BOWMANVILLE, ON – After years of wishful thinking, you’ve finally acquired the keys to that Porsche 911 you’ve been dreaming about – and you’re thoroughly smitten. But you grudgingly admit, if only to yourself, that your primary motivation for Porsche ownership was self-gratification. So here you have it, your dream car, and it’s everything you ever wanted – and more.
And therein lies the rub.
While many Porsche drivers are perfectly content to cruise through the financial district, enjoying their just rewards, others come to the realization that there’s a bit more to their new purchase than a set of trophy wheels. Perhaps they’ve nailed the throttle on the on-ramp and been rattled to the core by an unexpected “code brown”, or maybe the thrill of negotiating an S-bend has awakened something deep within – and they want to know more.
So what’s a Porsche owner to do once they’ve realized their knowledge and skill set are sadly disproportionate to the sheer abundance of athletic ability beneath their new car’s lovely sheet metal?
Well, you could sign up for one of Porsche’s Driving Schools. We’ve chronicled our slippery escapades at the Camp4 Winter Driving Experience, Porsche’s Los Angeles-area Porsche Experience Center and the Porsche Grand Tour track-inclusive program several times within these pages. And now Porsche is offering their Sport Driving School (PSDS) for the very first time here in Canada.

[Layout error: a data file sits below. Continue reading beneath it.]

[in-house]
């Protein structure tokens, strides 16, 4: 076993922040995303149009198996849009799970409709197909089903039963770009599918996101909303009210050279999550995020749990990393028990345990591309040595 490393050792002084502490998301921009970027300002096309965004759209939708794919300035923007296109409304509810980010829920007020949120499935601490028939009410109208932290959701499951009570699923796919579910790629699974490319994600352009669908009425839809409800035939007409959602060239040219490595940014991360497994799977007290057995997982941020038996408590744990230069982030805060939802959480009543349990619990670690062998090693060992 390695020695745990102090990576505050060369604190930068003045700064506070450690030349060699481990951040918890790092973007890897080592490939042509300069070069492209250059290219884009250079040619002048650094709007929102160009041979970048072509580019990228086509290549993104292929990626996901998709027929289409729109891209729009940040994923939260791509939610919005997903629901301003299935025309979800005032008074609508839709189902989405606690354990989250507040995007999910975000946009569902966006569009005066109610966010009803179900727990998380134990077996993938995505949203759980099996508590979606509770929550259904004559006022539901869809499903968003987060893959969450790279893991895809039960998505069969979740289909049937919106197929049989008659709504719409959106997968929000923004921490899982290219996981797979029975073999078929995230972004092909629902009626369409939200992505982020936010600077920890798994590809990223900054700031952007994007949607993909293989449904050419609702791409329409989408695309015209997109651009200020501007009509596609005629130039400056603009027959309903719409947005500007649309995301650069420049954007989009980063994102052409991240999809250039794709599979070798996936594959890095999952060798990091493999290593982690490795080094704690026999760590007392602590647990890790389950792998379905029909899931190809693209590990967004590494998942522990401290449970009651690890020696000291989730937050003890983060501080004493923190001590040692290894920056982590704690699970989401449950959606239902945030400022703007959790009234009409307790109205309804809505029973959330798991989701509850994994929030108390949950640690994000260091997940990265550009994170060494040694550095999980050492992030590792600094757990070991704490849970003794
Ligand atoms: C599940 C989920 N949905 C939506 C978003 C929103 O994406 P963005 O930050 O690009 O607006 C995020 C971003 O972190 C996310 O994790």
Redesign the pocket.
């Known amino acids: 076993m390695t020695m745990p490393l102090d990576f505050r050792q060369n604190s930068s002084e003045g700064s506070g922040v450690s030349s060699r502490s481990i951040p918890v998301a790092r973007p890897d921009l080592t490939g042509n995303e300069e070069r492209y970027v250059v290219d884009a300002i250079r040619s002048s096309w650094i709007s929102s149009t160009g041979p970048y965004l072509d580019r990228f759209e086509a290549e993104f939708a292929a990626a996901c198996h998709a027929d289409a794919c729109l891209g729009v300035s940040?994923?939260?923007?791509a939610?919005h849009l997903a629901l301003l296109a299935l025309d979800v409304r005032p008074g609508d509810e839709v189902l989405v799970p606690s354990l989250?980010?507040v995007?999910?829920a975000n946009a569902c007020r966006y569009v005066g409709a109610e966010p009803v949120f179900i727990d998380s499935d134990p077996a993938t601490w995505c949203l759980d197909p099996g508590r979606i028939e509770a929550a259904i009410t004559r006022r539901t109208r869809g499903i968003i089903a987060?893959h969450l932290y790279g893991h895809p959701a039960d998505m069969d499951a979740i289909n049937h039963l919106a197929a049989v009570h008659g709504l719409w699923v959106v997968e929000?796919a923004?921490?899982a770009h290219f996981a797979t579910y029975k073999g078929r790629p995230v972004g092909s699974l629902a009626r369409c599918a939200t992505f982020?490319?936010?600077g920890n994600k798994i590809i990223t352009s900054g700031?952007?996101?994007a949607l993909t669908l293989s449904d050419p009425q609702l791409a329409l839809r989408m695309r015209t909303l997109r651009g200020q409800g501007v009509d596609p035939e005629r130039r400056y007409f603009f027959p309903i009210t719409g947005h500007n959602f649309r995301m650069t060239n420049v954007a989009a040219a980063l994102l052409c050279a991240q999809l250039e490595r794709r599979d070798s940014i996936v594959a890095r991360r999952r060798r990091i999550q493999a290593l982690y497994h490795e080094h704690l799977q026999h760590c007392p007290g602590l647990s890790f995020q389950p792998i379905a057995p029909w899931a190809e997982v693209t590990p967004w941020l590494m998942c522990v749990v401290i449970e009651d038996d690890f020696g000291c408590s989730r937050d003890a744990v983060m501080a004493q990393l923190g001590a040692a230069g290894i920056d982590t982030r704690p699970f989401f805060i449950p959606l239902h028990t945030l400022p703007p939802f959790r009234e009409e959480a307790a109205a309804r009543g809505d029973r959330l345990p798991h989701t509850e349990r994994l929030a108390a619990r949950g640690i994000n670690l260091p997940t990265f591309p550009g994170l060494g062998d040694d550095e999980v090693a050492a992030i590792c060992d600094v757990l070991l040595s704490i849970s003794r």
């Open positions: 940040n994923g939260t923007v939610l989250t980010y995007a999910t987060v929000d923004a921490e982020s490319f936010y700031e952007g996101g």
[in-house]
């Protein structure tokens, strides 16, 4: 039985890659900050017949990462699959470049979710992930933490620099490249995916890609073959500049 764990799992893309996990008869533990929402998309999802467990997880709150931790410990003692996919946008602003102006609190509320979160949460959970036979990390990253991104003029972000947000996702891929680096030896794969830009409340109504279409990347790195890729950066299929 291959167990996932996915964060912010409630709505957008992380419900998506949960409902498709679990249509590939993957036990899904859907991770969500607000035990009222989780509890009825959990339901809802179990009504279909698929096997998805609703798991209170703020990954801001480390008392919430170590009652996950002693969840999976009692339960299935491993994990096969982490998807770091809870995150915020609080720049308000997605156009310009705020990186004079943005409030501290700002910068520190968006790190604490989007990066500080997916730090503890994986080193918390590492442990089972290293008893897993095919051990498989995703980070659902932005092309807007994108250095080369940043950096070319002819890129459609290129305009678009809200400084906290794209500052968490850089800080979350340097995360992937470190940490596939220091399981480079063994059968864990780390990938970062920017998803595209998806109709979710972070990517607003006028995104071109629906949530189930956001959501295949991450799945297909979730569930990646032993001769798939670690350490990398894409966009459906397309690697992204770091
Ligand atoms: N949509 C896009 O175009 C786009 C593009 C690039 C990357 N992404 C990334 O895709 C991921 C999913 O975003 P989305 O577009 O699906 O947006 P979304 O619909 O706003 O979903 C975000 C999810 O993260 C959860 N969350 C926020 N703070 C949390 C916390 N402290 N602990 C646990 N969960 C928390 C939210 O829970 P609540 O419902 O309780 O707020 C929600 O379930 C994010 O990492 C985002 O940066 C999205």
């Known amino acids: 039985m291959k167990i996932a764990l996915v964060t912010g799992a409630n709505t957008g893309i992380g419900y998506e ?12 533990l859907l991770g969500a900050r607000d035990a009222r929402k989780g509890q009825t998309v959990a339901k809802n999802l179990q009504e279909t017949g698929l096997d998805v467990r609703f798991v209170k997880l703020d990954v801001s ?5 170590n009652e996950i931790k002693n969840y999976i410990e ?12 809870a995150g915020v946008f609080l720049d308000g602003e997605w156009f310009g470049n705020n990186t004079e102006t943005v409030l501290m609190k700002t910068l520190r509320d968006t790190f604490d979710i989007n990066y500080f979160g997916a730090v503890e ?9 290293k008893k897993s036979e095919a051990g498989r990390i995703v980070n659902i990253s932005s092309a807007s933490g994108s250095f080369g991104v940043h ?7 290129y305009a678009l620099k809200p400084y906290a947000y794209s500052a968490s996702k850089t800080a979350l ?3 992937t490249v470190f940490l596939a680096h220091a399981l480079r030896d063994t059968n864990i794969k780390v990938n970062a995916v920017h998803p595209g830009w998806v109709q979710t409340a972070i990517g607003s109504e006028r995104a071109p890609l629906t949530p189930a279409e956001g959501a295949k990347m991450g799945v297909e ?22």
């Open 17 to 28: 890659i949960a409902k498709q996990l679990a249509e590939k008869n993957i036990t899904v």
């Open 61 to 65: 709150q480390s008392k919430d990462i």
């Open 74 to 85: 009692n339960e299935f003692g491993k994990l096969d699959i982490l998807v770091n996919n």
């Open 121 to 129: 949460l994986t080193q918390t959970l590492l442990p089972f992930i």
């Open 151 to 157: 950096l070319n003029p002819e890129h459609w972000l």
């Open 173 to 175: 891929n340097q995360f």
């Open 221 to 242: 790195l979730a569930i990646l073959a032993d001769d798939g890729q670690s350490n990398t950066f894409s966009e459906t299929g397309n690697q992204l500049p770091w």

Porsche’s Sport Driving School makes its Canadian debut
Although it began more than 40 years ago at Germany’s Hockenheimring race track, the school made its Canadian debut last week with a handful of auto writers as the first crop of students.
Beginning this May at the Canadian Tire Motorsports Park in Bowmanville, Ontario, it’s a two-day training programme designed with a number of objectives: to help Porsche drivers become better, safer drivers; to instill a love of driving and an appreciation for the Porsche legacy within current and prospective owners; and to further develop those who have a desire to pursue sports car driving at the competitive level.
“There are two benefits to coming here,” said Jonathan Urlin, Manager of Operations for Porsche Driving Experience Canada. “Number one, you can learn yourself what to do as a driver in those emergency scenarios; and number two, you can learn what these vehicles can do for you and what the technology can do for you. So to replicate that in this closed environment makes overall safer drivers, safer roads – and better use of these vehicles.